In the last section of markup, we configure the left and right hand controller. For this tutorial, we’ll simply show the code for the left hand.

Configure hands

<a-entity
    id="ctlL"
    teleport-controls="cameraRig: #cameraRig; teleportOrigin: #head; startEvents: teleportstart; endEvents: teleportend"
    raycaster="objects: .collidable; far:1.2;"
    laser-controls="hand: left"
    input-listen
>
    <a-text
    value="X: Teleport"
    position="0 0.05 0"
    rotation="-90 0 0"
    scale="0.1 0.1 0.1"
    align="center"
    color="#FFFFFF"
    ></a-text>
</a-entity>

Thanks to Takashi Yoshinaga for drafting this code sample. Please make sure to check out his full code sample that includes object gripping, teleportation, and ball throwing.
https://github.com/TakashiYoshinaga/Oculus-Quest-Interaction-Sample

Thanks to Mozilla, AFrame.IO and FireFox Mixed Reality for making XR technology open to the community of web developers and makers. As FireFox Reality continues, we look forward to seeing AFrame.IO work well with technologies like HoloLens 2. I know that I’m already excited by the ThreeJS support.

Let us know if you make anything cool!!

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14 AFrame.IO Resources For Your WebXR Project

AFrame Logo

I’m a big fan of the work of the AFrame.IO community.  Thank you to Mozilla, Diego Marcos, Kevin Ngo, and Don McCurdy for their influence and effort to build a fun and productive platform for building WebVR experiences.   In this post, I’ve collected a few Github repositories and resources to support you in building AFrame experiences.

Talk Abstract: In the next few years, augmented reality and virtual reality will continue to provide innovations in gaming, education, and training. Other applications might include helping you tour your next vacation resort or explore a future architecture design. Thanks to open web standards like WebXR, web developers can leverage their existing skills in JavaScript and HTML to create delightful VR experiences. During this session, we will explore A-Frame.io, an open source project supported by Mozilla enabling you to craft VR experiences using JavaScript and a growing ecosystem of web components.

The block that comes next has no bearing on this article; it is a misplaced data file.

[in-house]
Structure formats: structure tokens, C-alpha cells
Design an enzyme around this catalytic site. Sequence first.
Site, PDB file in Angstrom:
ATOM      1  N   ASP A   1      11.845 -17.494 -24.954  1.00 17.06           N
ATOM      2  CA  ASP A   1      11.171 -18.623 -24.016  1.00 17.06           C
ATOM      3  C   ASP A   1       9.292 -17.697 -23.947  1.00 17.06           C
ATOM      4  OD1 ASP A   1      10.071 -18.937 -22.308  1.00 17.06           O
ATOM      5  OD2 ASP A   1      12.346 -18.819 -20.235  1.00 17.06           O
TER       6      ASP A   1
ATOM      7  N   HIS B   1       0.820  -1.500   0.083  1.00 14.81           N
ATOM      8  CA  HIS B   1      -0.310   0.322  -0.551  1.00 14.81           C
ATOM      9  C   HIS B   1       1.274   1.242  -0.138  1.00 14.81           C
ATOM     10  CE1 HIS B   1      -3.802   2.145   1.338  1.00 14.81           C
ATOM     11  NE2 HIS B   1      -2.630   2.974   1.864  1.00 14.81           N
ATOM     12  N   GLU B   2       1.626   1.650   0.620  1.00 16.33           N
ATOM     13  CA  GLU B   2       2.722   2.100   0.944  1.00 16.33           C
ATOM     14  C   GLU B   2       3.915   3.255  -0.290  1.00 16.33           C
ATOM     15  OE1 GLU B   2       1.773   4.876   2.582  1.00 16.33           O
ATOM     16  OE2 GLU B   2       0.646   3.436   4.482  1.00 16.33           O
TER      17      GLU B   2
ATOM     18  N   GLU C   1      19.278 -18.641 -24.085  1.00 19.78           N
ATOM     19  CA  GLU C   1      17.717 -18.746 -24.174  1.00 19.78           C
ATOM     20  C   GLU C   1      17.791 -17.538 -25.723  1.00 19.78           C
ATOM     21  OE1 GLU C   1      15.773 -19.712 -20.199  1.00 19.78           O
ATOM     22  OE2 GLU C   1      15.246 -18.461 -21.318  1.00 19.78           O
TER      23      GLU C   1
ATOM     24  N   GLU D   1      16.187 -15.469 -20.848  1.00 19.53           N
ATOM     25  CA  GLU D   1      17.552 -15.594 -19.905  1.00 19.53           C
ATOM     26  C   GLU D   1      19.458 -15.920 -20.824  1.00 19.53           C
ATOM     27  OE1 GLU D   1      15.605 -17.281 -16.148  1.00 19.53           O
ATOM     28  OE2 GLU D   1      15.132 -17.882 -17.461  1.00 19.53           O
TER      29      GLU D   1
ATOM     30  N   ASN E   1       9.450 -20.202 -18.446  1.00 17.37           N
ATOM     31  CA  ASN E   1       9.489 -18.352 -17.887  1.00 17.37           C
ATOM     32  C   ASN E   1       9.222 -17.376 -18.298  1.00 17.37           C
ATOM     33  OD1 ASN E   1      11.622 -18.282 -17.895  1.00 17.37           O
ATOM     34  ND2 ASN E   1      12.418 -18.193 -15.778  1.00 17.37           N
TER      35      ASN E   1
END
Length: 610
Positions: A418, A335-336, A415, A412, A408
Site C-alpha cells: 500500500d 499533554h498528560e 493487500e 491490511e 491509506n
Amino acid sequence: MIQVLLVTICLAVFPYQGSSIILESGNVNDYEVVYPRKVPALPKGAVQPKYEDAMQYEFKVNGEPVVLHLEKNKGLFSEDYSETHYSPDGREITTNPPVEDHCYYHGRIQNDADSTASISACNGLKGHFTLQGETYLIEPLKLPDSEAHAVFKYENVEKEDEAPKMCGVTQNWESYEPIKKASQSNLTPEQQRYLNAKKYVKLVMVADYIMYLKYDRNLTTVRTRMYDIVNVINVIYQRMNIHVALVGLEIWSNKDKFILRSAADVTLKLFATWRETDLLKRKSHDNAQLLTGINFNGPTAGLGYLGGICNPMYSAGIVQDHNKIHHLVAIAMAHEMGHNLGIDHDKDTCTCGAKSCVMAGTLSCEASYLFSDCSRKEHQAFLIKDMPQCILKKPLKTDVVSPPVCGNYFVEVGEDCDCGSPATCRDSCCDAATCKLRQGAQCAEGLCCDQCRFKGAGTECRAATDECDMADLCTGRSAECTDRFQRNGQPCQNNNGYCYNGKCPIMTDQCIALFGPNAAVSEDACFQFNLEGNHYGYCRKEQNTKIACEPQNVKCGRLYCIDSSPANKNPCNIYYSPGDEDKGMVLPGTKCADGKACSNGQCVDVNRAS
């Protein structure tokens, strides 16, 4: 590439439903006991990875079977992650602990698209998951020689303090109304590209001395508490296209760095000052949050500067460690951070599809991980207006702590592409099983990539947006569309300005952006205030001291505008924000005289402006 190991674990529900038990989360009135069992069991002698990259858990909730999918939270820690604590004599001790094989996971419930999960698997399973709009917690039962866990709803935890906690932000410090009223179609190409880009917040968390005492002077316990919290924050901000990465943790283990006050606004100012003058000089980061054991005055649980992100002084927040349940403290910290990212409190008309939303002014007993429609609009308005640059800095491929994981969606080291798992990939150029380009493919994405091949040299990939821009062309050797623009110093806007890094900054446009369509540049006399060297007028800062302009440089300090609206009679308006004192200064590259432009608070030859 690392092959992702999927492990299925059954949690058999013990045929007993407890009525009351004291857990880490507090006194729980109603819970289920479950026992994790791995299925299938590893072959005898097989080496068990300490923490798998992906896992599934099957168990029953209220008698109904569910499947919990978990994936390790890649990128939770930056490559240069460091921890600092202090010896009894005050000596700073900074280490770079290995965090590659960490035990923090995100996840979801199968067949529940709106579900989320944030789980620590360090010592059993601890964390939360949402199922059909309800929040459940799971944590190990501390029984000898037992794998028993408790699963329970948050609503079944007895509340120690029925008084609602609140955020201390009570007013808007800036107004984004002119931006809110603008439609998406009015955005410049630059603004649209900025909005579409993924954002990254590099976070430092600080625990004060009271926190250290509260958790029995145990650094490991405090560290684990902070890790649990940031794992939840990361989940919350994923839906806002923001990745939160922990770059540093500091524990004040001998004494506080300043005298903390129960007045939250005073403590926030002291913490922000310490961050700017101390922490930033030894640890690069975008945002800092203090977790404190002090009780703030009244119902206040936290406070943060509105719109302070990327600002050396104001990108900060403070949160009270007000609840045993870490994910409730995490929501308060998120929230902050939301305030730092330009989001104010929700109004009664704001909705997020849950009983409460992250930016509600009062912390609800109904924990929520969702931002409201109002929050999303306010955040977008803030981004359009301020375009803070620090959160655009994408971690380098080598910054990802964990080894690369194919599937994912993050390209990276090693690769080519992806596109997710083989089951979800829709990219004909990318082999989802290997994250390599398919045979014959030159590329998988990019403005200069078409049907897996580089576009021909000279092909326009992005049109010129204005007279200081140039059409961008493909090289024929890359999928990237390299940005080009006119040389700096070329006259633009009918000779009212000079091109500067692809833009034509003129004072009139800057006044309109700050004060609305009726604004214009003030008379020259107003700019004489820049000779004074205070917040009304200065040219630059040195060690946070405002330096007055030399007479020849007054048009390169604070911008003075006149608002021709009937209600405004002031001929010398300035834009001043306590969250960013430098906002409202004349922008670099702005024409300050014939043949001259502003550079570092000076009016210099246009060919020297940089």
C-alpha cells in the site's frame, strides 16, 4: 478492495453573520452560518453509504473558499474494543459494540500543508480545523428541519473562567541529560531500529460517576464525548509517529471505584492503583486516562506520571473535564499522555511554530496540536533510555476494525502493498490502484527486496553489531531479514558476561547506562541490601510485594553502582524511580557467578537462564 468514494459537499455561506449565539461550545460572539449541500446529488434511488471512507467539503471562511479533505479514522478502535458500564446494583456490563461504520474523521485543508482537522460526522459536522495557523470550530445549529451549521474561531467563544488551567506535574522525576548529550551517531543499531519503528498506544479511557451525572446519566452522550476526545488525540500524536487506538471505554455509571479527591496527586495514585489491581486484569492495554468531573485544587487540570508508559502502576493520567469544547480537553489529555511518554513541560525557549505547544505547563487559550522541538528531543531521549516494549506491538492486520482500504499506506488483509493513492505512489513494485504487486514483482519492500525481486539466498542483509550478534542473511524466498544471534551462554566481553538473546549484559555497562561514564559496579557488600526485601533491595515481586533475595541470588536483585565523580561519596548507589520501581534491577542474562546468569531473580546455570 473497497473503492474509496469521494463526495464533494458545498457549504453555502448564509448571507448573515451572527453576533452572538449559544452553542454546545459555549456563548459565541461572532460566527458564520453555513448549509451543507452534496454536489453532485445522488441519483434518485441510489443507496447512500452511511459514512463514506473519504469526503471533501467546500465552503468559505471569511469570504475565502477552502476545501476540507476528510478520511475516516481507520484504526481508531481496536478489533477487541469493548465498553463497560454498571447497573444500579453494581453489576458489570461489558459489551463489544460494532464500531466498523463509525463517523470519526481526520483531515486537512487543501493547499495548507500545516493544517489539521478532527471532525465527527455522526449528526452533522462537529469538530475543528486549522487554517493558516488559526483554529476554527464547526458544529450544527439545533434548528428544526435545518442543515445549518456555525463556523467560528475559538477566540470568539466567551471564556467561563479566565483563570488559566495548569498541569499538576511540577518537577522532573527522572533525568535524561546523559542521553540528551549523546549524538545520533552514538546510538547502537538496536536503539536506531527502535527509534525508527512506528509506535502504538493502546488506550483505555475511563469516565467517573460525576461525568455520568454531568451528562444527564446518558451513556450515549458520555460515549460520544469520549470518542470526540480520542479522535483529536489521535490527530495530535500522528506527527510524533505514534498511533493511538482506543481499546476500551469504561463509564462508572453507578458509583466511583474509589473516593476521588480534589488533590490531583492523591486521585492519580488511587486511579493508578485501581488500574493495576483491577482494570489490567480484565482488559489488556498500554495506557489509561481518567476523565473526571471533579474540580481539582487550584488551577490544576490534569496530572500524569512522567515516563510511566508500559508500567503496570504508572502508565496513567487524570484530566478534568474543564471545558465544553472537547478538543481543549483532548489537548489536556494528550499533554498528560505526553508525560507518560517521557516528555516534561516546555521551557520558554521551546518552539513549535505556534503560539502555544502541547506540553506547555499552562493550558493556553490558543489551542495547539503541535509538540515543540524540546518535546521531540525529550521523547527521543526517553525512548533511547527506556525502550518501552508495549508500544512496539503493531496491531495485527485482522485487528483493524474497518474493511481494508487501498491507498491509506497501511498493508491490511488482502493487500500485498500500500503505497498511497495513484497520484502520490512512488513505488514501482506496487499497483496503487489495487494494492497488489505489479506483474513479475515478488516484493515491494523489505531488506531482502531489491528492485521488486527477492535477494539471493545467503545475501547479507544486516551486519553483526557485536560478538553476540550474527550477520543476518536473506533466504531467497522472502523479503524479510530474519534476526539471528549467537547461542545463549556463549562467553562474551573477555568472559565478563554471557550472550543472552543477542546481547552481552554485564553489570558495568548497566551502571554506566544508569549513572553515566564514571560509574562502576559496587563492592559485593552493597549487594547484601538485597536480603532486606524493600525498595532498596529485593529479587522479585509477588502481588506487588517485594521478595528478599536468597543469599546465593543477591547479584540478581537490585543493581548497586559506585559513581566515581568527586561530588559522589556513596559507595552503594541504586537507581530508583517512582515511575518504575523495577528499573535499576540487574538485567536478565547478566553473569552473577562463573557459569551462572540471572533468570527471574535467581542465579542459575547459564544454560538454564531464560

https://github.com/ngokevin/kframe
Kevin’s collection of A-Frame components and scenes.

https://webvr.donmccurdy.com/
Awesome WebXR from Don McCurdy

https://github.com/feiss/aframe-environment-component
Infinite background environments for your A-Frame VR scene in just one file.

https://github.com/aframevr/aframe-school
Interactive workshop and lessons for learning A-Frame and WebVR.

https://aframe.io/aframe-registry/
Official registry of cool AFrame stuff

https://github.com/donmccurdy/aframe-physics-system
Components for A-Frame physics integration, built on CANNON.js.

Experiment with AR and A-Frame
AFrame now has support for ARCore. Paint the real world with your XR content! Using FireFox Reality for iOS, you can leverage ARKit on your favorite IPad or IPhone.

https://github.com/michaelprosario/aframe
I’ve collected a small collection of demo apps to explore some of the core ideas of AFrame.

AFrame Layout Component
Automatically positions child entities in 3D space, with several layouts to choose from.

Animation
An animation component for A-Frame using anime.js. Also check out the animation-timeline component for defining and orchestrating timelines of animations.

Super Hands
All-in-one natural hand controller, pointer, and gaze interaction library for A-Frame. Seems to work well with Oculus Quest.

A-Frame Component loading Google Poly models from Google Poly
Component enables you to quickly load 3D content from Google Poly

aframe-htmlembed-component
HTML Component for A-Frame VR that allows for interaction with HTML in VR. Demo

https://github.com/nylki/aframe-lsystem-component
L-System/LSystem component for A-Frame to draw 3D turtle graphics. Using Lindenmayer as backend.

Thanks to the amazing work from Mozilla, WebXR usability has improved leveraging specialized FireFox browsers
FireFox Reality
FireFox Reality for HoloLens 2 – For raw ThreeJs scripts, it works well. I’m still doing testing on AFrame scenes.

If you live in Central Florida or Orlando, consider checking out our local chapter of Google developer Group.  We enjoy building a fun creative community of developers, sharing ideas, code, and supporting each other in the craft of software.  Learn more about our community here:

GDGCentralFlorida.org